Religious Leaders Pen Letter To Zuckerberg Extolling The Evils Of Instagram For Kids

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Many people argue that social media is bad for a child’s mental and emotional development. However, how does social media impact a child’s spiritual growth? A group of over 70 religious leaders have written a letter to Meta CEO Mark Zuckerberg asking the company to entirely abandon its plans for an Instagram Kids. They insist that Instagram and other social media platforms are detrimental to children.

The religious leaders’ argument against Instagram Kids features several points. First, they noted that many religions encourage people to spend time without distractions and engage in prayer, meditation, yoga, etc. They remarked that social media, “with its intentionally addictive algorithms, incessant communication systems, and mass commodification of attention-- explicitly counteracts these values.”

Second, they stated that many faiths acknowledge childhood as a unique stage in life. Social media undermines the “innocence, holiness, and freedom” of childhood. Third, social media threatens ideals such as peace, love, and humility. They argued that social media teaches children to “place people into categories, fighting outrage with outrage online,” encourages an “us vs. them” mentality, inflates egos, and feeds envy.

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Last, the religious leaders are deeply concerned about the moral implications of data mining. They contend that social media platforms “are inspired by profit motives [and] are not a tool for the greater good of children.” They further insist that children should be influenced by those who care about their wellbeing, not those who simply want to make money off of them.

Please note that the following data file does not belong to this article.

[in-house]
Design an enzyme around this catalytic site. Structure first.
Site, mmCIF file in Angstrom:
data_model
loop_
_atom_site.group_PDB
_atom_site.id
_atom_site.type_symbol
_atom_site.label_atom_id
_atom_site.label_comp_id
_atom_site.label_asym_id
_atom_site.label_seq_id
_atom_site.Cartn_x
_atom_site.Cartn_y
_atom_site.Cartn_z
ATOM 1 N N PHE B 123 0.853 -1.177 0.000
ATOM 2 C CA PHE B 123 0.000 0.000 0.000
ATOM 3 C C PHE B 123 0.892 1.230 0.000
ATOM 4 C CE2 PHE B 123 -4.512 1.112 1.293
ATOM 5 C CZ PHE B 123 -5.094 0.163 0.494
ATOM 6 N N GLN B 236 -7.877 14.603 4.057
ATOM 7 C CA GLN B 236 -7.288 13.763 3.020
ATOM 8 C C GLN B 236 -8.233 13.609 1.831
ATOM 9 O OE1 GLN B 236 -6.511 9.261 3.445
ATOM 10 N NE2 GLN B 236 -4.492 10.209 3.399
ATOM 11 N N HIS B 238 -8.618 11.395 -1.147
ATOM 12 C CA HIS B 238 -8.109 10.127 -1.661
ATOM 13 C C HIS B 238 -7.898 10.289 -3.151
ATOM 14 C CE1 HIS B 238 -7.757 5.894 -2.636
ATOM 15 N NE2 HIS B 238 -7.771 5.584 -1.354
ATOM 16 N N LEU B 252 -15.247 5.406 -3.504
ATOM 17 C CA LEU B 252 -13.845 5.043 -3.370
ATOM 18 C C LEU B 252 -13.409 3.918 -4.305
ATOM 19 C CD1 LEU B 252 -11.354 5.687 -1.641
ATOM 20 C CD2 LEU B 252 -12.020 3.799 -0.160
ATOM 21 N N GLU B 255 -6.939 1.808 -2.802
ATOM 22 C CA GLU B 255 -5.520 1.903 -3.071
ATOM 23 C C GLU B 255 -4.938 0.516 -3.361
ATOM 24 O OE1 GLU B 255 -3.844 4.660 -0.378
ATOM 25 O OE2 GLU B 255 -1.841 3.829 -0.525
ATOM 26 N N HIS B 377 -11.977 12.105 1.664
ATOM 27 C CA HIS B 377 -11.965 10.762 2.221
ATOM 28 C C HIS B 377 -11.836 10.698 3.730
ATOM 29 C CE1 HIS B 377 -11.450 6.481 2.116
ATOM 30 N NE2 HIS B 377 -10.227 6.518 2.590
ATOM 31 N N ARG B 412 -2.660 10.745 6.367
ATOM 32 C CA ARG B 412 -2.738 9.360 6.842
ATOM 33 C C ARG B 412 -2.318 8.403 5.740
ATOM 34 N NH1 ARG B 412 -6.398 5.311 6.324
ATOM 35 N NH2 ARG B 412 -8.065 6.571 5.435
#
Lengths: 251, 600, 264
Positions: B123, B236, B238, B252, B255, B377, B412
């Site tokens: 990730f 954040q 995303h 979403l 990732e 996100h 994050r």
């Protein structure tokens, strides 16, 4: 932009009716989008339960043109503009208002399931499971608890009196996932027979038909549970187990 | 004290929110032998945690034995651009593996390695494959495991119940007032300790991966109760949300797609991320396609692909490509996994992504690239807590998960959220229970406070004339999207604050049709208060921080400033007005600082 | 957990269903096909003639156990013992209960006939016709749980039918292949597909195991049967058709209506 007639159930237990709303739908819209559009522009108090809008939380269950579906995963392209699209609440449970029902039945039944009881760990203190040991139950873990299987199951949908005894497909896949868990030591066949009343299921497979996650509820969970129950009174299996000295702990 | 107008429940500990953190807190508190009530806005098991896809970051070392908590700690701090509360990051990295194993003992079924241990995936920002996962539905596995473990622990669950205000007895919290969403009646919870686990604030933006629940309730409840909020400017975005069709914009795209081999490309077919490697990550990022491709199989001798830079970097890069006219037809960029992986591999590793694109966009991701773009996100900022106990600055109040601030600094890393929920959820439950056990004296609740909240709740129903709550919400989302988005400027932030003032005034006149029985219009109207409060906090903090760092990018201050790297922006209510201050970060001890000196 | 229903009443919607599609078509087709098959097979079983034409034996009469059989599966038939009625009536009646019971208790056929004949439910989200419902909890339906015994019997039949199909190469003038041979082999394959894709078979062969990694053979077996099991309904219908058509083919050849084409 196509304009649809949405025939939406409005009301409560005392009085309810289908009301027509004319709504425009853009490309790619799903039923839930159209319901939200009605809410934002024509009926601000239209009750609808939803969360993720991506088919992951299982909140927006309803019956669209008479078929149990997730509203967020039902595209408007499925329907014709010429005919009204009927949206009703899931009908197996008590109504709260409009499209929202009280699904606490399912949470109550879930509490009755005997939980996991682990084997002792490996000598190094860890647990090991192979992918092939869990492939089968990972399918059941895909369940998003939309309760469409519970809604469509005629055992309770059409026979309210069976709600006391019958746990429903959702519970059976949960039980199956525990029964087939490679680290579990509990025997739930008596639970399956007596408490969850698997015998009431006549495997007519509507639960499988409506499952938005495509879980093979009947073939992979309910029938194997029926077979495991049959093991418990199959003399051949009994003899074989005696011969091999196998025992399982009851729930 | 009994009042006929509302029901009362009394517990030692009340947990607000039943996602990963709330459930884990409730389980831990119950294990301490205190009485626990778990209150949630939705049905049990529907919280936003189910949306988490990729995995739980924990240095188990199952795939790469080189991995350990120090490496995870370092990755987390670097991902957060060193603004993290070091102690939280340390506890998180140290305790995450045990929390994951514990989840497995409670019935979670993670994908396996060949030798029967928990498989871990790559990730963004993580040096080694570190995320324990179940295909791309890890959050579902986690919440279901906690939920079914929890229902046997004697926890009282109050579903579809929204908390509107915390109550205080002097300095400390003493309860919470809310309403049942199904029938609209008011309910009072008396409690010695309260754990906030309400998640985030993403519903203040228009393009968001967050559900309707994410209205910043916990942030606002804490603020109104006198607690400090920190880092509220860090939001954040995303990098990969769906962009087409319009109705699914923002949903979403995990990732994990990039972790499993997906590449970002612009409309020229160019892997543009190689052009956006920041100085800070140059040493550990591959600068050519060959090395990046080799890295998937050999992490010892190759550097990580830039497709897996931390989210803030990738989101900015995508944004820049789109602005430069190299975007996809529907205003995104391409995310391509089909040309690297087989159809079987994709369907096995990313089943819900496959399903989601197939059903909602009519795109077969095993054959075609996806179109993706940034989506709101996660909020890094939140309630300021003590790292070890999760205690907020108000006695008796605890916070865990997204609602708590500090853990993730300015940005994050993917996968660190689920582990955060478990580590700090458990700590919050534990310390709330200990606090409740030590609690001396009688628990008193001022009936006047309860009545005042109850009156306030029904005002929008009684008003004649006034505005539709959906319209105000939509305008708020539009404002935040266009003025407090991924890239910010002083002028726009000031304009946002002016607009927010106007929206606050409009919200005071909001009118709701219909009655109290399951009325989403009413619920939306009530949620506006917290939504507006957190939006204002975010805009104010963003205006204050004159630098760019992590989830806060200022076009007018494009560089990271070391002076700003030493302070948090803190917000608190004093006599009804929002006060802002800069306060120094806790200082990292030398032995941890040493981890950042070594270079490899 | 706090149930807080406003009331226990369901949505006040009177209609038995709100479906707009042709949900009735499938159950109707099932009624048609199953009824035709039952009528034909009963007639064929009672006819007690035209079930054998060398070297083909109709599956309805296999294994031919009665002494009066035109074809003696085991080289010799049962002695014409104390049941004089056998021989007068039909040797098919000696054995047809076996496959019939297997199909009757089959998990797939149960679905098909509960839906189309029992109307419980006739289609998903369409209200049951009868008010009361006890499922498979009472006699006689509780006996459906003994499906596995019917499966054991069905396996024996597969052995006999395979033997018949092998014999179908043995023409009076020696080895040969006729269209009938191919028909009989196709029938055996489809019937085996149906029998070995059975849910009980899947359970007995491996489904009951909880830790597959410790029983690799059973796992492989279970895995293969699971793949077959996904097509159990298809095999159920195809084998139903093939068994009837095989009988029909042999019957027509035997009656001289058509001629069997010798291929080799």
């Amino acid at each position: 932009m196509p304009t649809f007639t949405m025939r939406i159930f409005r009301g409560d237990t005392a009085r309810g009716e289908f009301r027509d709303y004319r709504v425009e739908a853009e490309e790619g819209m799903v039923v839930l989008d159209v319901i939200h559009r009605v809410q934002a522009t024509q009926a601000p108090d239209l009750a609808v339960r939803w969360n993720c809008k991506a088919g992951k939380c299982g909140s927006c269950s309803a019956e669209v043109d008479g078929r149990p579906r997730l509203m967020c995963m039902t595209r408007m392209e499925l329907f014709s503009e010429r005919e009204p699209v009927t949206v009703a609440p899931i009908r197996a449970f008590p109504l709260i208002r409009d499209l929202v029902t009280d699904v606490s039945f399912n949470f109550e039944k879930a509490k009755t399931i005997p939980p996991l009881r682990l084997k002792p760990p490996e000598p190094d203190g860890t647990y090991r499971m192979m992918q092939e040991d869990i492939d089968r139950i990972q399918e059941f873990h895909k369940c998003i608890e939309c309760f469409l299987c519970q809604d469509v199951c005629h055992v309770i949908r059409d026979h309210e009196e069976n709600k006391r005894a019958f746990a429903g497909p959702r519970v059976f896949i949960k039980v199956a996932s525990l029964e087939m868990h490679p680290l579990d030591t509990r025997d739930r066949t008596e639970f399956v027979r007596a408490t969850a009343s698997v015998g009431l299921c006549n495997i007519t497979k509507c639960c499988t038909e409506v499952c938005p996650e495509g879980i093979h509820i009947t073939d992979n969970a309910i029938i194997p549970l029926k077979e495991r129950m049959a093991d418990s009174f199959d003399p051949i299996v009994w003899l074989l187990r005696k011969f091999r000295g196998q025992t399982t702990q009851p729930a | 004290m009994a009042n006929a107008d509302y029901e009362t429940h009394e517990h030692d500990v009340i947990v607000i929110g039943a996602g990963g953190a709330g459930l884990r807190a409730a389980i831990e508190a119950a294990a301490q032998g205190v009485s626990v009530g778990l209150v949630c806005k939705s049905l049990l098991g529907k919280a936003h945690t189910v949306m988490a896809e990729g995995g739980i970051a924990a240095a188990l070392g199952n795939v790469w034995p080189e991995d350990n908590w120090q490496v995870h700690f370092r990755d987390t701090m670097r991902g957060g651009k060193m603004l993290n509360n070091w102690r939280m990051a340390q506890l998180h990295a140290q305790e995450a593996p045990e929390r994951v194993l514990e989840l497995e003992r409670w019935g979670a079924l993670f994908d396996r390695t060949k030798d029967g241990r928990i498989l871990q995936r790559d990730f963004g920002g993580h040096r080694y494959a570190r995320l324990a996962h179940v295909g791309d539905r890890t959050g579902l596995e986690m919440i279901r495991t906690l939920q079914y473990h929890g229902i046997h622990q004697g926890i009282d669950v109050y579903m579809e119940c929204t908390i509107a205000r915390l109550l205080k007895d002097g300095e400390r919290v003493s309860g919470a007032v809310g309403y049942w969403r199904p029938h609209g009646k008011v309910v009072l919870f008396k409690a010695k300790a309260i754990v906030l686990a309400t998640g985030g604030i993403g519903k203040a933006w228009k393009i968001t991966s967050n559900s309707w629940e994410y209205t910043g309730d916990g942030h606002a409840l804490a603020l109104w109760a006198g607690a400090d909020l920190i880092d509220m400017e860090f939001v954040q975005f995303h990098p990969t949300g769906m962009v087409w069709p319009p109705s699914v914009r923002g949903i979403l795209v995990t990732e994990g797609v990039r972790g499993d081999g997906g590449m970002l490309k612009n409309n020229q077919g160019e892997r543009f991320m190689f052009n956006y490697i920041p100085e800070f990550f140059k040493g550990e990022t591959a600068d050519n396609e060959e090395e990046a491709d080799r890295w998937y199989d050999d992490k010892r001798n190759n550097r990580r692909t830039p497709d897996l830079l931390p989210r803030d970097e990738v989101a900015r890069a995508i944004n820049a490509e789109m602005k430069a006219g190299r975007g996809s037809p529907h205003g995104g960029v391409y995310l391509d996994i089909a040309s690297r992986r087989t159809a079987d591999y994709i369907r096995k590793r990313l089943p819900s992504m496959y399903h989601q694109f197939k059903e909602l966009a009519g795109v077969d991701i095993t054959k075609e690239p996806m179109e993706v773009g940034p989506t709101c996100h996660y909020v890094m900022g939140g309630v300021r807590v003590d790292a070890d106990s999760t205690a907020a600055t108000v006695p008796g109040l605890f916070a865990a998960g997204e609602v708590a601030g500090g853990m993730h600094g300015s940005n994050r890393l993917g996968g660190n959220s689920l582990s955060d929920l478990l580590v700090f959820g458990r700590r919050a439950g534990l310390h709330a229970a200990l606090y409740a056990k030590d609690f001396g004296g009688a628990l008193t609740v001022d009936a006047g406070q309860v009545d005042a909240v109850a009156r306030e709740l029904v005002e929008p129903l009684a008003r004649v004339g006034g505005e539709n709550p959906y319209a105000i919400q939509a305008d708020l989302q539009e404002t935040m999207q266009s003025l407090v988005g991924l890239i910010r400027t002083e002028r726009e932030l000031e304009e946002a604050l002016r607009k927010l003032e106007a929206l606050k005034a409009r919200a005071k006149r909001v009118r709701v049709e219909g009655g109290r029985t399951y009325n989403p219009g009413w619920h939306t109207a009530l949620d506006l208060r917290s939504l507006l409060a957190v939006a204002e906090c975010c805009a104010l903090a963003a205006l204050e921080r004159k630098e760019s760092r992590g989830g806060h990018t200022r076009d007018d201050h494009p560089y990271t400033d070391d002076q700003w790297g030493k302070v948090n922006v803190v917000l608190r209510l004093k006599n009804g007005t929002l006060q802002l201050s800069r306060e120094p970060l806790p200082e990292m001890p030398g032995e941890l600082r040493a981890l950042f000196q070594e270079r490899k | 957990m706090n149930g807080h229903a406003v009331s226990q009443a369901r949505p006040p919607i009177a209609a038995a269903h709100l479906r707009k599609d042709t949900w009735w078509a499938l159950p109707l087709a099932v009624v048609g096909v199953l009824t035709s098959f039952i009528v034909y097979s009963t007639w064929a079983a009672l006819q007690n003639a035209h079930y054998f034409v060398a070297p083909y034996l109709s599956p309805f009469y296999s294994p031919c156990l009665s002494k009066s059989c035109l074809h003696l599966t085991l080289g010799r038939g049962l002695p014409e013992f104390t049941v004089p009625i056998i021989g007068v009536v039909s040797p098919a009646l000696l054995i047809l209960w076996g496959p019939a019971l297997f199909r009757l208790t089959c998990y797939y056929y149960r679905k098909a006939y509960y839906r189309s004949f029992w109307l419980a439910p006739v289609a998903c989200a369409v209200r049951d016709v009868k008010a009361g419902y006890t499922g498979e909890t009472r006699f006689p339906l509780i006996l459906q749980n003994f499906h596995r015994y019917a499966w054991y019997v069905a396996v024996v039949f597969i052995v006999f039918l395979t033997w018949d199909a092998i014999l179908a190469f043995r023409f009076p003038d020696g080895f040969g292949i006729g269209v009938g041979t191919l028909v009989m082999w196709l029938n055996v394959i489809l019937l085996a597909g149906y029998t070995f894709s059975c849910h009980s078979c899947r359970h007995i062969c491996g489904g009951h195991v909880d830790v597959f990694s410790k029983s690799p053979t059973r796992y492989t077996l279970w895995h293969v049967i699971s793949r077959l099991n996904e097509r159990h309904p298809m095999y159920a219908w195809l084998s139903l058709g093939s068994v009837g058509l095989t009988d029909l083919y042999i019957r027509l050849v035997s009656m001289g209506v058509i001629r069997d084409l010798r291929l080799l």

The letter was signed by the religious leaders and sent by the Fairplay and their Children's Screen Time Action Network advocacy group. The purpose of this group is to “promote a healthy childhood by reducing the amount of time kids spend with digital devices.” The group also wrote a letter signed by a variety of secular organizations this past April that criticized plans for Instagram Kids. This letter contended that social media could negatively impact children’s physical and mental health.

Meta paused plans for Instagram Kids last September after intense backlash. Meta argued that children are already online and that they simply wanted to create a platform that was safer for them. They noted that YouTube and TikTok have already released juvenile versions of their apps with little condemnation from the public. Meta seems to have halted their plans for Instagram Kids at the moment, but this does not mean that it will not pop up again in the future.

Image of Instagram courtesy of Meta